ABU DHABI // Retired military officers have welcomed a 70 per cent increase in their pensions, though some said the measure still leaves them with far lower stipends than colleagues who retired as little as a month later.
In some cases military officers who retired after January 2008 earned a monthly pension as much as six times higher than those who retired at the end of 2007. The difference can be as much as Dh100,000 a month.
“What is needed is equality,” said Brig Gen Ali al Sayed Ibrahim, a former director of the Dubai Civil Defence. “All retirees should be equal.”
The gap was the result of a 2008 law that increased pensions for military and police officers who retired from that year but was not applicable to those who retired before then. Col Sultan al Hajeri, a 30-year Sharjah police veteran, said at the time his pension was Dh22,000 a month while a colleague who retired five months later received Dh127,000 a month.
A decree issued last week by Sheikh Mohammed bin Zayed, the Crown Prince of Abu Dhabi and Deputy Supreme Commander of the Armed Forces, ordered a 70 per cent increase in the pensions of military officers and defence ministry personnel who retired before January 2008.
The 2008 law comprehensively restructured the pensions and salaries of current officers and those who retired after the law was issued. Statistics obtained from the Ministry of Finance at the time showed that 6,000 officers were collecting pensions.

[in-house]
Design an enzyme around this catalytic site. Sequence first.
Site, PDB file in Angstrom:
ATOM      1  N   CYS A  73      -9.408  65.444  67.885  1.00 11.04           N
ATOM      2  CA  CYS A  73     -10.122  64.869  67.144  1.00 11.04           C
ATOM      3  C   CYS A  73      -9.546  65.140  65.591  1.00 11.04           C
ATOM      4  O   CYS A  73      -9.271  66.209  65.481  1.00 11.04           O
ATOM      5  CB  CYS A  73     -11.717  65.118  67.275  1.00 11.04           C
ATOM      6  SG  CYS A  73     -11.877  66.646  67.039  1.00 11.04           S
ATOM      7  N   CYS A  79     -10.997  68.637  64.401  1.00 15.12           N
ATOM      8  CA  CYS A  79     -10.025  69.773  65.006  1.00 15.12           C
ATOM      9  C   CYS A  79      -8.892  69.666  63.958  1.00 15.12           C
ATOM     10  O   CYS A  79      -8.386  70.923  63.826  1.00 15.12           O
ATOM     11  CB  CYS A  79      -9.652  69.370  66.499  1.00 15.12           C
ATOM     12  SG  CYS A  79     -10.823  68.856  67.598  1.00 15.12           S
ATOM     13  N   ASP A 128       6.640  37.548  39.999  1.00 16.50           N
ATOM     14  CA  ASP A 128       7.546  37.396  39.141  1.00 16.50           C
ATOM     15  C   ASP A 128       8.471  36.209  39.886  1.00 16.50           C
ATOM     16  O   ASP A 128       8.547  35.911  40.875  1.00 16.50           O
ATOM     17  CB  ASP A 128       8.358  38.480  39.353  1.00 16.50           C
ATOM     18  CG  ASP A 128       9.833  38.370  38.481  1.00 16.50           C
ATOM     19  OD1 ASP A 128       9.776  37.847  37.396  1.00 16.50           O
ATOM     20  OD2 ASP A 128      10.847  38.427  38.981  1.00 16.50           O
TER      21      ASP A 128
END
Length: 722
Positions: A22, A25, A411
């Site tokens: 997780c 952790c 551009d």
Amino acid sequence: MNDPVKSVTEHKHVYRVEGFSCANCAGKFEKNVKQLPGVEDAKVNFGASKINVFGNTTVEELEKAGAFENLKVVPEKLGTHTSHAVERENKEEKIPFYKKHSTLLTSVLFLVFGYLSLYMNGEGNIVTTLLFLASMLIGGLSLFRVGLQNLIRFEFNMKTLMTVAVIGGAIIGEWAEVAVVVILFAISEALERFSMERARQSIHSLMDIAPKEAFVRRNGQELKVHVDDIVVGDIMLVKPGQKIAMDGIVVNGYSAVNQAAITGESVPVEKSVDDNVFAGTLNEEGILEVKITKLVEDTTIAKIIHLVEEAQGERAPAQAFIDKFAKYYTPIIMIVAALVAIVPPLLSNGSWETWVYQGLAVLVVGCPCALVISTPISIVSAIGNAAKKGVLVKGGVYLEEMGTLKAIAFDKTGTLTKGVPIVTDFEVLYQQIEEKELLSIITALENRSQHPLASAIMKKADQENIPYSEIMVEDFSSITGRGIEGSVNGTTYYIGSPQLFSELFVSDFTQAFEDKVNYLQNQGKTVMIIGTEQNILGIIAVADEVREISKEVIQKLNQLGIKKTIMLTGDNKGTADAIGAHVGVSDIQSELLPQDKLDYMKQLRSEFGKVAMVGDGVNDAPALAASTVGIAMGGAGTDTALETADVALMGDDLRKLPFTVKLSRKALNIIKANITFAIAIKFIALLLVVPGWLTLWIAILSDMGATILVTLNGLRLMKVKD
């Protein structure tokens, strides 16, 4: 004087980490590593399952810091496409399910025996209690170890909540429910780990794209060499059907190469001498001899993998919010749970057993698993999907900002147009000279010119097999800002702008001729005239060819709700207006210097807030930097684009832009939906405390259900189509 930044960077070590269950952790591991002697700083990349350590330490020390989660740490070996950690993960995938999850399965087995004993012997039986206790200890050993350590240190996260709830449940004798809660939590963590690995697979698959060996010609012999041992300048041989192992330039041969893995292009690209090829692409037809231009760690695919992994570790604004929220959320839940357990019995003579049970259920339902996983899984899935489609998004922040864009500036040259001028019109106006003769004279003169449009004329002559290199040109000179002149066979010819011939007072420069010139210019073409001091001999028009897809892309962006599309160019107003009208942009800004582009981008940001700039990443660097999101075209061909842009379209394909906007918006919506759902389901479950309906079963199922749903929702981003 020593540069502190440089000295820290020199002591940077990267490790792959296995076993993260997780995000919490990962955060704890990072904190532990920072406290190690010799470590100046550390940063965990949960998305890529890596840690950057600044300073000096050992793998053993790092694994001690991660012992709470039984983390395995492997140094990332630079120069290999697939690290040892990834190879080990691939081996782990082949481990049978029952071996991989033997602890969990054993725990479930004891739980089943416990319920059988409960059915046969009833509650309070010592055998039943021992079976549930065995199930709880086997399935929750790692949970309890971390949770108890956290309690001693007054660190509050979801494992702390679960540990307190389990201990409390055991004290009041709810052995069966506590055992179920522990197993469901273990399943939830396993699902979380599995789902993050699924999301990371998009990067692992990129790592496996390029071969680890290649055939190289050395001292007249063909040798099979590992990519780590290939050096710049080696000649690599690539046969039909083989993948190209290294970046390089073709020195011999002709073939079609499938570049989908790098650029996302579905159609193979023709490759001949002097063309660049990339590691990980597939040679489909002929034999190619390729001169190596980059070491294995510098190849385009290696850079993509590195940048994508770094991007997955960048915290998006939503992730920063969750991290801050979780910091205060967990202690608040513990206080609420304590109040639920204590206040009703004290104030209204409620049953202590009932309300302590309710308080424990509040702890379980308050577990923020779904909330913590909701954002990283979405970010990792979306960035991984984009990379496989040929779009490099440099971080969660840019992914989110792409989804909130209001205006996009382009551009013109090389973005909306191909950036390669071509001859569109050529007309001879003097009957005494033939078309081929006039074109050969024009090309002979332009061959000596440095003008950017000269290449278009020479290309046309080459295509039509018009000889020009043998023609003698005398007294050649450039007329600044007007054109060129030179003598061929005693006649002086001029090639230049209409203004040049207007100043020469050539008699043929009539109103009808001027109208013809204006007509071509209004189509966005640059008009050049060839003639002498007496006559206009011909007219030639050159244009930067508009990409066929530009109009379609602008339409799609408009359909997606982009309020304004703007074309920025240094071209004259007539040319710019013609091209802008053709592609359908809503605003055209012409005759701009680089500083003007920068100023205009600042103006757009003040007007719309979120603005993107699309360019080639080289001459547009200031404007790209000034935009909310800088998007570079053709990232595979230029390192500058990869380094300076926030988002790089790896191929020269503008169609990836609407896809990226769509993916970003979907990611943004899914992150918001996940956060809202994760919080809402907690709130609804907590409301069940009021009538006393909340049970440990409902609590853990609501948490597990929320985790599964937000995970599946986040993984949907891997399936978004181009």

However, the decree by Sheikh Mohammed, effective as of this month, did not apply to retired police officers. Brig Gen Ibrahim said there should be “equality and justice” for all retired officers.
“The number does not concern us as much as the principle,” he said. “We have the same duties and responsibilities, so why should one retiree earn a quarter of the salary of another retiree? The Constitution bans laws which differentiate between citizens.”
The issue came up in a Federal National Council session last March when Ali al Matroushi, the chairman of the FNC defence and home affairs committee, asked the Minister of State for Financial Affairs when the government would address the gap. He was told the ministry had no authority over pensions.
Mr al Matroushi said yesterday that retired officers had hoped for a greater increase to bring them more in line with retired colleagues, saying they still remained hopeful that this would occur eventually.
“Our friends and colleagues who retired from the armed forces were hoping that the grant would be close to their colleagues who retired after 2008”, he said. “The gap is very big.” He also noted that Ministry of Interior officers would not be able to take advantage of the pay raise.
While the discrepancy exists at Federal level, Dubai Police have brought pensions of its retired officers much more in line, with differences between Dh10,000 and Dh15,000, said Mr al Matroushi. That should act as a precedent for the Federal Government, Brig Gen Ibrahim said.
Mr al Matroushi said there was an even wider discrepancy between officers who retired after 2008 and those who retired in the late 1990s is even bigger because pensions were raised more than once in the interim. However, he remained optimistic that changes to equalise pension amounts would be realised.
Col al Hajeri shared that optimism, though he expressed disappointment at the scale of the increase.
“They didn’t give us justice,” he said. “The percentage should be equal. They won’t forget us and we’re sure of that, but we’ve been waiting for it for some time. I hope that we are made equal to those who retired after us and God willing they won’t let us down.”